David A. Abella is an associate at Hanson Bridgett in San Francisco, where he focuses on litigation and counseling related to labor and employment law. He is also the treasurer of Bar Association of San Francisco's Barristers' Club.

I want it to be the whole state to ban plastic bags because I'm very passionate about the ocean. I grew up in Coronado on the Beach, swimming, sailing, wind surfing, eating seafood-so for me, it's really important to work on sustainability. I talked to Nathan Weaver at Environment California just to make sure I was right on the facts on why we need to ban these plastic bags. He pointed to the following three things: 1) Plastic bags are one of the most common types of litter. 2) When autopsied, a third of leatherback sea turtles have plastic bags in them. 3) Tens of cities and counties in California have already banned the single use plastic bag. I think it's time for that to happen statewide. AB 158, which is pending in the legislature, isn't quite that but it's close: It would prohibit a store with more than $2 million in annual sales or retailers with more than 10,000 square feet of floor space that also have a pharmacy from providing a single-use plastic bag to a customer.

Lori Mendez is principal of Mendez Law in San Diego, where she represents victims of catastrophic accidents. She is also chair of the San Diego County Bar Association's Community Service Program.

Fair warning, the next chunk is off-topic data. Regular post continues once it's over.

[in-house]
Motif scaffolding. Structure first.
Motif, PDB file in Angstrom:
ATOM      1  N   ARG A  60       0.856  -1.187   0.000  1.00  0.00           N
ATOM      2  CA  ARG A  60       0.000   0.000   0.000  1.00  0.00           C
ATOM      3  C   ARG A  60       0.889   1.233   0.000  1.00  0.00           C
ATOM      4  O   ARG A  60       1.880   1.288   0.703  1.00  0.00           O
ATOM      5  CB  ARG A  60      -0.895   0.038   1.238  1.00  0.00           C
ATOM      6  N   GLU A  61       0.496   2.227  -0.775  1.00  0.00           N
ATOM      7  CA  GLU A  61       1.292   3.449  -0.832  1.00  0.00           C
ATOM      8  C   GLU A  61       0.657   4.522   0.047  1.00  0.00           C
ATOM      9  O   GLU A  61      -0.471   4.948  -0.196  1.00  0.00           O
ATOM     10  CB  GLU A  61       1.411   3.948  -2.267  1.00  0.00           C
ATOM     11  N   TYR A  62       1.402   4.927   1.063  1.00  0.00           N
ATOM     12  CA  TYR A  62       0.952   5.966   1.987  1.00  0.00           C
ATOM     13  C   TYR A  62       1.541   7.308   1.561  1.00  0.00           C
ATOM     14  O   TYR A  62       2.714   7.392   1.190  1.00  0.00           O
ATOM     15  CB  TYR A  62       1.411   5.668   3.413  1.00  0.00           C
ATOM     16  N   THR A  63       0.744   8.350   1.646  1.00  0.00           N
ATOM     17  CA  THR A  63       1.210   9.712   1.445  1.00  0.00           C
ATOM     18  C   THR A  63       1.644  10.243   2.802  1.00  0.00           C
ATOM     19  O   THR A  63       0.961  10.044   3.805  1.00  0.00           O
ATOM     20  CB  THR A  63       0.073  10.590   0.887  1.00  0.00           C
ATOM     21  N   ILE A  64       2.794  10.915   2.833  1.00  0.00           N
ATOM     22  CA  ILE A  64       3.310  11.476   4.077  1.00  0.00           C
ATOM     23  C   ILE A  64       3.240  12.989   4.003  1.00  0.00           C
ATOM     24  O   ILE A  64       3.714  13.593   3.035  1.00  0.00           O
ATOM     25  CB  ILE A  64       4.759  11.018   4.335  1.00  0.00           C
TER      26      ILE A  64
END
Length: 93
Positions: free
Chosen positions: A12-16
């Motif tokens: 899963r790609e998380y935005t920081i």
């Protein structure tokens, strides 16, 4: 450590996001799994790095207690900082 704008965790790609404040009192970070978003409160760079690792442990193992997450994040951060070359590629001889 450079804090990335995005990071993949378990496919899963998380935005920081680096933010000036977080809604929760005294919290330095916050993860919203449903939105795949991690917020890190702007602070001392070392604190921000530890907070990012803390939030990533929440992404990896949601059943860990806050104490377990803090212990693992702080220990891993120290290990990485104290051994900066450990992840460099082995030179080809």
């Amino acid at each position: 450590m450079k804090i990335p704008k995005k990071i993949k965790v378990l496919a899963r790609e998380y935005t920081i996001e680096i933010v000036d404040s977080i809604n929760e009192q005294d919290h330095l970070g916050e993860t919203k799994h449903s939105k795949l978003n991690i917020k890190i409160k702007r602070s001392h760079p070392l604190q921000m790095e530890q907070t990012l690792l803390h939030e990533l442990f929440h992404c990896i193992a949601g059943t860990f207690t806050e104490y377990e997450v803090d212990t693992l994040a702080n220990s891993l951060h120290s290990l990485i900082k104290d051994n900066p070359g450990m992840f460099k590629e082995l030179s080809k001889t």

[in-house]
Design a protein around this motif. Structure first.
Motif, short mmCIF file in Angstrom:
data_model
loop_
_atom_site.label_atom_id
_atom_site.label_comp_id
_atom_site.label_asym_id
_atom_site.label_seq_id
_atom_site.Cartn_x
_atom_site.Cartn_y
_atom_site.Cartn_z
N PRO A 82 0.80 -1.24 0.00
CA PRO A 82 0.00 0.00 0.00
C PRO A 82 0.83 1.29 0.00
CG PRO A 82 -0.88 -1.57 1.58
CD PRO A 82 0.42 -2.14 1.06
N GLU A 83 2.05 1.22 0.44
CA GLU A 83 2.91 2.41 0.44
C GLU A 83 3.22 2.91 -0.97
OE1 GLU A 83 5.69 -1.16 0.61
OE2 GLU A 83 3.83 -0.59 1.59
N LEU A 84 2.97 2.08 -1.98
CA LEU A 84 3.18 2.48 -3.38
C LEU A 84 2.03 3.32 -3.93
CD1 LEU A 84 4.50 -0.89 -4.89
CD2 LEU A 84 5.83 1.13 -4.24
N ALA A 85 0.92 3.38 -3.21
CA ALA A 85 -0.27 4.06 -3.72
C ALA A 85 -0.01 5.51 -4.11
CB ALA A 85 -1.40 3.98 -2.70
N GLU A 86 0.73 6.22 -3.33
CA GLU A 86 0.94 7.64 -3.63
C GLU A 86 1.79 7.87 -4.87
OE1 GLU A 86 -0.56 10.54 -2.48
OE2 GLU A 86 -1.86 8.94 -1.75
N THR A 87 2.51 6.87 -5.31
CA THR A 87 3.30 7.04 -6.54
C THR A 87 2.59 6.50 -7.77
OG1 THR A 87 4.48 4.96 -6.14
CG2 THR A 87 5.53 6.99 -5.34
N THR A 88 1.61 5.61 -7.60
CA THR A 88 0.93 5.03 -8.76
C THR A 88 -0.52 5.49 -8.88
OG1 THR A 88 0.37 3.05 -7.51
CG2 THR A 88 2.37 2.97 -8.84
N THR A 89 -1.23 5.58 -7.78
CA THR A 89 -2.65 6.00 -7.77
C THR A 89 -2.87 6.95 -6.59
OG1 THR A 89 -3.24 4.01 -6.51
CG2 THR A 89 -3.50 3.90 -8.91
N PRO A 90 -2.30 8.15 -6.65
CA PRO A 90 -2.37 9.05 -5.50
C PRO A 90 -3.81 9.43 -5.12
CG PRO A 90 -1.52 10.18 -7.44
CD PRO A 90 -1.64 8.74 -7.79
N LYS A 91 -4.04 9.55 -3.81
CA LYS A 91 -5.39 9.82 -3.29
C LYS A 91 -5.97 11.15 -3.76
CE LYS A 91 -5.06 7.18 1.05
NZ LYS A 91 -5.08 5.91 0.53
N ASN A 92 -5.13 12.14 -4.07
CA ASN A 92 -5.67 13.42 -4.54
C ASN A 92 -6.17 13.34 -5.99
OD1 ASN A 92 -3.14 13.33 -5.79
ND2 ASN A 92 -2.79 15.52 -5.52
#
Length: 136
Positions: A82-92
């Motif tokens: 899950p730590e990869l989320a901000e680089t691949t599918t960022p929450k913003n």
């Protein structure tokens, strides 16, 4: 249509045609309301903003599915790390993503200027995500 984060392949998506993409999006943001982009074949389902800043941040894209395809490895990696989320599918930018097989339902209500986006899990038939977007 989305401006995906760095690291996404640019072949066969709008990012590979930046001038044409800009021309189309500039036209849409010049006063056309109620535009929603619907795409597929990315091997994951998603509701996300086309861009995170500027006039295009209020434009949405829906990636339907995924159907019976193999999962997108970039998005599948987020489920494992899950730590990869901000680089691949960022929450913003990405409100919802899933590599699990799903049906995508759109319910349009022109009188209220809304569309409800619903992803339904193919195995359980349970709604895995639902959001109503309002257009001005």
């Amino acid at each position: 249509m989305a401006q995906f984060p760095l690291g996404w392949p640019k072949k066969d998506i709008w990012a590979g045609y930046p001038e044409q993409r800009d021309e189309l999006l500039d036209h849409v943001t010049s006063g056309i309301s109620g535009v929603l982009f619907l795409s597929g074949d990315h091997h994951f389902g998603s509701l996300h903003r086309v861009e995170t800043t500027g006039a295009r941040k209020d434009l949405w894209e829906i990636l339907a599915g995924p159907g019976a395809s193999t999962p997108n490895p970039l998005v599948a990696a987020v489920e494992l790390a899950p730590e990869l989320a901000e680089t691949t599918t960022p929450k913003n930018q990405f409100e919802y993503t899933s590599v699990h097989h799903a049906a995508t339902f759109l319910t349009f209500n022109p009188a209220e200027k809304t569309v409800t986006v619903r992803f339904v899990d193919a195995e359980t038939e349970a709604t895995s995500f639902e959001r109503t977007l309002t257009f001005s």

Because I do wage and hour work, I'd have to go with the Private Attorney General Act of 2004. The law takes every provision of the California Labor Code and creates a "civil penalty" for violating them, and then it deputizes employees to sue to recover those civil penalties (on behalf of themselves and other "aggrieved employees" with 75 percent of the penalties collected allegedly going to the state). The civil penalties are typically $100 per person per pay period ($2,600 per person per year) and you can get multiple penalties if multiple Labor Code provisions impact the same (allegedly) unlawful policy. Before it passed, only a fraction of the Labor Code provisions had a civil penalty provision and they could only be enforced by the state in an enforcement action. The law has mostly been used to extort settlements that are characterized as settlement of other Labor Code claims (you can bring PAGA and non-PAGA claims together) so the plaintiff can keep all the money and not gives the 75 percent to the state. To me, it doesn't serve any good purpose. It's basically a vehicle to harass businesses. No state has more employee protections than California, so it really is unnecessary.


Tom Kaufman is a partner in the Labor & Employment Practice Group in Sheppard Mullin's Century City office, where he practices employment litigation defense, with an emphasis on California Labor Code and federal wage/hour class actions.

If you or a California lawyer you know would like to participate in our Q&A series, contact karmah_elmusa@dailyjournal.com.